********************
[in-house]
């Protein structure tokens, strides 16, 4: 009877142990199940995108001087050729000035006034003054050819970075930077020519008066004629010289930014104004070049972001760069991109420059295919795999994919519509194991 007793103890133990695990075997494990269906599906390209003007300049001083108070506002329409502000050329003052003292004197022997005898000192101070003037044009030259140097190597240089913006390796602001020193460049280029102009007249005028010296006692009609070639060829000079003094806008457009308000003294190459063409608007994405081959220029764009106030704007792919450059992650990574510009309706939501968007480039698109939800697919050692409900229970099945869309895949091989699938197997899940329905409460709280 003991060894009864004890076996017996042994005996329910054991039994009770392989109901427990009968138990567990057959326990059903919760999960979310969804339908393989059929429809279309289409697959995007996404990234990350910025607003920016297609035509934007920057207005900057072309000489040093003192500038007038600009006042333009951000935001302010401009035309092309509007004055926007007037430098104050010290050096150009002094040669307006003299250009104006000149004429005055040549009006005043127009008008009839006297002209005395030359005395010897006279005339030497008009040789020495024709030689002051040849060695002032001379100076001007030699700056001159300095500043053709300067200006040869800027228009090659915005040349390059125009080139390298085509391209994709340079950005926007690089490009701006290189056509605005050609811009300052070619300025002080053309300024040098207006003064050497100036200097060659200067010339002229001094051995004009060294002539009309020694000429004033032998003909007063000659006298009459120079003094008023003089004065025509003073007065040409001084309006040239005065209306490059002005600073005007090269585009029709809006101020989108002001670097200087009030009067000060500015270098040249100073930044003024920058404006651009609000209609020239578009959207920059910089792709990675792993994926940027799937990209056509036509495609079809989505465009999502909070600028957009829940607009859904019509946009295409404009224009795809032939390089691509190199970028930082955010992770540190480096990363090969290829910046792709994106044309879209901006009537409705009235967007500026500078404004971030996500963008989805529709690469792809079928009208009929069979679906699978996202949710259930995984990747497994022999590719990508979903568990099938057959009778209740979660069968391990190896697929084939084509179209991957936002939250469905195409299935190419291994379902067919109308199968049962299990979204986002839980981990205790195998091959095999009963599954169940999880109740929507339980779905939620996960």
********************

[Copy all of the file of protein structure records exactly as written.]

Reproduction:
[in-house]
């Protein structure tokens, strides 16, 4: 009877142990199940995108001087050729000035006034003054050819970075930077020519008066004629010289930014104004070049972001760069991109420059295919795999994919519509194991 007793103890133990695990075997494990269906599906390209003007300049001083108070506002329409502000050329003052003292004197022997005898000192101070003037044009030259140097190597240089913006390796602001020193460049280029102009007249005028010296006692009609070639060829000079003094806008457009308000003294190459063409608007994405081959220029764009106030704007792919450059992650990574510009309706939501968007480039698109939800697919050692409900229970099945869309895949091989699938197997899940329905409460709280 003991060894009864004890076996017996042994005996329910054991039994009770392989109901427990009968138990567990057959326990059903919760999960979310969804339908393989059929429809279309289409697959995007996404990234990350910025607003920016297609035509934007920057207005900057072309000489040093003192500038007038600009006042333009951000935001302010401009035309092309509007004055926007007037430098104050010290050096150009002094040669307006003299250009104006000149004429005055040549009006005043127009008008009839006297002209005395030359005395010897006279005339030497008009040789020495024709030689002051040849060695002032001379100076001007030699700056001159300095500043053709300067200006040869800027228009090659915005040349390059125009080139390298085509391209994709340079950005926007690089490009701006290189056509605005050609811009300052070619300025002080053309300024040098207006003064050497100036200097060659200067010339002229001094051995004009060294002539009309020694000429004033032998003909007063000659006298009459120079003094008023003089004065025509003073007065040409001084309006040239005065209306490059002005600073005007090269585009029709809006101020989108002001670097200087009030009067000060500015270098040249100073930044003024920058404006651009609000209609020239578009959207920059910089792709990675792993994926940027799937990209056509036509495609079809989505465009999502909070600028957009829940607009859904019509946009295409404009224009795809032939390089691509190199970028930082955010992770540190480096990363090969290829910046792709994106044309879209901006009537409705009235967007500026500078404004971030996500963008989805529709690469792809079928009208009929069979679906699978996202949710259930995984990747497994022999590719990508979903568990099938057959009778209740979660069968391990190896697929084939084509179209991957936002939250469905195409299935190419291994379902067919109308199968049962299990979204986002839980981990205790195998091959095999009963599954169940999880109740929507339980779905939620996960």